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Robinson v. Genesee County Sheriff's Department

United States District Court, E.D. Michigan, Northern Division

August 14, 2017

AARON ANTWAUN ROBINSON, Plaintiff,
v.
GENESEE COUNTY SHERIFF'S DEPARTMENT, Defendants.

          ORDER GRANTING IN PART MOTION TO STRIKE PORTIONS OF THE AMENDED COMPLAINT

          THOMAS L. LUDINGTON United States District Judge

         On October 26, 2016, Plaintiff Aaron Robinson filed a complaint which alleged that Defendants Genesee County Sheriff's Department, Sergeant Gerald Park, Deputy Ryan Rainwater, Deputy F/N/U Hoover, and ten other John Does repeatedly beat and otherwise mistreated Robinson while he was confined in the Genesee County Jail. ECF No. 1. Defendant Rainwater was served on December 16, 2016. In response to the complaint, Rainwater filed a motion for a more definite statement, ECF No. 6, seeking additional information regarding “which Defendant allegedly committed what tort and when.” Id. at 4. On January 16, 2017, the Genesee County Sheriff's Department appeared for the purpose of filing a motion to dismiss, arguing that a sheriff's department is not an independent legal entity that is amenable to suit under Michigan law. ECF No. 14. On January 30, 2017, Robinson filed a motion to substitute Genesee County for the Sheriff's Department as a Defendant, acknowledging that the Sheriff's Department should not have been named as a Defendant. On February 14, 2017, Plaintiff filed a motion seeking leave to file an amended complaint and a motion seeking an extension of the service deadline. ECF Nos. 25, 26.

         On March 24, 2017, the Court issued an opinion and order addressing the pending motions. ECF No. 36. Among other things, the Court dismissed the Genesee County Sheriff's Department, but directed Robinson to file an amended complaint which provided a more definite statement and added Genesee County as a Defendant on or before April 7, 2017. Robinson did not file an amended complaint that provided a more definite statement at the deadline. After being directed to show cause why the suit should not be dismissed for failure to provide a more definite statement, see ECF No. 40, Robinson filed a more definite statement in narrative form. ECF No. 47. Robinson also requested, for the third time, that the deadline to serve Defendant Hoover be extended. ECF No. 46. On June 2, 2017, the Court granted Robinson another extension of time to file an amended complaint which complied with the previous order to provide a more definite statement, but denied the motion for an extension of time to serve Defendant Hoover. ECF No. 55.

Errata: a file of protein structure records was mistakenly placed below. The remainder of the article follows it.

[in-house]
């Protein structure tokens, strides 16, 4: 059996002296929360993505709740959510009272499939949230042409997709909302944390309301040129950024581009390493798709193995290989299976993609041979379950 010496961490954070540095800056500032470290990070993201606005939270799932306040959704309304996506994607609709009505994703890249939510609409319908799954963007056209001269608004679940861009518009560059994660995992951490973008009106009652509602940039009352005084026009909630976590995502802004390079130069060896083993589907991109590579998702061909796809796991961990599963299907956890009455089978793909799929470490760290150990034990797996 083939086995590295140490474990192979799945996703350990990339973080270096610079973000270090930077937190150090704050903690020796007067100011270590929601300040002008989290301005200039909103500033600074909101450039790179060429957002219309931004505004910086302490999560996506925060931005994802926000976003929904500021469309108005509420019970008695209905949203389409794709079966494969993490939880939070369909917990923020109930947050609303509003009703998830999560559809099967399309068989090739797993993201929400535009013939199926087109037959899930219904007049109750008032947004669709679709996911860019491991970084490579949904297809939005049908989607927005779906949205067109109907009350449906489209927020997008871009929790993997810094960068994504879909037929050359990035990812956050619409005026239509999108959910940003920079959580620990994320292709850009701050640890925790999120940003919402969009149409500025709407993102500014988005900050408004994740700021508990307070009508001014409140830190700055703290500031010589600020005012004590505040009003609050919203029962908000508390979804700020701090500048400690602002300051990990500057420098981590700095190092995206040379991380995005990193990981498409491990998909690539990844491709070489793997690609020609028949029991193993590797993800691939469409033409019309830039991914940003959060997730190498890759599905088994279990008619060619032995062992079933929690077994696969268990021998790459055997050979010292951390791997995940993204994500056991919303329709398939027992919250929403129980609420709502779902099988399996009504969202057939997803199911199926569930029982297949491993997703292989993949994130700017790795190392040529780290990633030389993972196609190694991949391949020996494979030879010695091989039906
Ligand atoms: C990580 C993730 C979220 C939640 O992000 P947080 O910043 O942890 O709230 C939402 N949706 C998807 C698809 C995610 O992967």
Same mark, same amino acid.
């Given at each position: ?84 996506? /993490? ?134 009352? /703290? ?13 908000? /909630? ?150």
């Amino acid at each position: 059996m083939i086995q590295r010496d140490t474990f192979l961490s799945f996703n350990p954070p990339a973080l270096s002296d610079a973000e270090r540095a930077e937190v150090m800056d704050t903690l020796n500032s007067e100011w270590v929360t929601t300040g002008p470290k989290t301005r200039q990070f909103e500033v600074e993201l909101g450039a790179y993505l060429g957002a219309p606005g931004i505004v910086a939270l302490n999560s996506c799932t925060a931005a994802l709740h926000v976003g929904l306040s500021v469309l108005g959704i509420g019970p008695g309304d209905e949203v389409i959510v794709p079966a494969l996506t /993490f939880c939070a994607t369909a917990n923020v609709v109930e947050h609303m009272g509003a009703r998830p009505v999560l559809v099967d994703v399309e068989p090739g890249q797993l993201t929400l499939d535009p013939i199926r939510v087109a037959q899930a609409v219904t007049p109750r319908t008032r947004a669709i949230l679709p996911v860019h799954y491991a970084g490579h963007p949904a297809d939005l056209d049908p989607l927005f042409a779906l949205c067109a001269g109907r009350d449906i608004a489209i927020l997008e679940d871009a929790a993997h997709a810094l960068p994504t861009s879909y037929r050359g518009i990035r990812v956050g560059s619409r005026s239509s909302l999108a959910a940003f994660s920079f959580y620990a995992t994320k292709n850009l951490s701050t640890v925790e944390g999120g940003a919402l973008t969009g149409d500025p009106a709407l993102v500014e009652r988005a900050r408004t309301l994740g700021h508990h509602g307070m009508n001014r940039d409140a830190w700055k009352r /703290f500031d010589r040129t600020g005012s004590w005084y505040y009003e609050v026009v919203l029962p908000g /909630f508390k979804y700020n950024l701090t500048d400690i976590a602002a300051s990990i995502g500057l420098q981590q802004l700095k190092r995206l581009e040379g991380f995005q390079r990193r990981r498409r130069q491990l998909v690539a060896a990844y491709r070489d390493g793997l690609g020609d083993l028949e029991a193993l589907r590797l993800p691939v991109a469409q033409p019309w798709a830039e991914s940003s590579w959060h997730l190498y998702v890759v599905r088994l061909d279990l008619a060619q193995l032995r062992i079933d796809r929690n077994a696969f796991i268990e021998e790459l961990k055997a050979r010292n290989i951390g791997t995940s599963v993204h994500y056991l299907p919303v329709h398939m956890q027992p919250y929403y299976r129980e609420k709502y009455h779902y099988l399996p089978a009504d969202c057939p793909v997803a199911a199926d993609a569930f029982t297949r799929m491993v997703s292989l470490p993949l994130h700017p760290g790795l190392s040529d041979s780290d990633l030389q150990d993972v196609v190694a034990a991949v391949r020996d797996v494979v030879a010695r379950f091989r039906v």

On June 16, 2017, Robinson filed an amended complaint which incorporated, in pleading form, the information in his previously filed more definite statement. ECF No. 56. On June 30, 2017, Defendants filed a motion to strike portions of the amended complaint, ECF No. 57, and an answer to the amended complaint. ECF No. 58. For the following reasons, Defendants' motion to strike will be granted in part.

         I.

         At this stage, all well-pleaded allegations in Robinson's amended complaint are assumed to be true. In the amended complaint, Robinson names F/N/U Rainwater, Sergeant Gerald Park, and Genesee County as Defendants. Am. Compl., ECF No. 56. Robinson alleges that he was arrested in August 2011 and charged with “larceny, firearms, home invasion and with the murder of a highly respected retired Genesee County Sheriff Department Lieutenant who arrived home while the burglary was in process.” Id. at 3-4. While awaiting trial, Robinson was incarcerated at the Genesee County Jail. Id. at 3.

         Robinson alleges that, during his incarceration, “he was assaulted, with varying degrees of severity, by [Genesee County Jail] guards 3-4 times per week.” Id. at 4. “Each and every one of Plaintiff's assailants referenced their relationship with the slain lieutenant as the reason they were assaulting[, ] beating, threatening and torturing the Plaintiff.” Id. Robinson asserts that the assaults “typically involved 3-4 guards” who “on most occasions wore black gloves during the assaults.” Id. Robinson was allegedly assaulted in his cell, in the common area, and in solitary confinement. Id. at 4-5. Sometimes, Robinson was handcuffed before the assaults occurred. Id. at 4.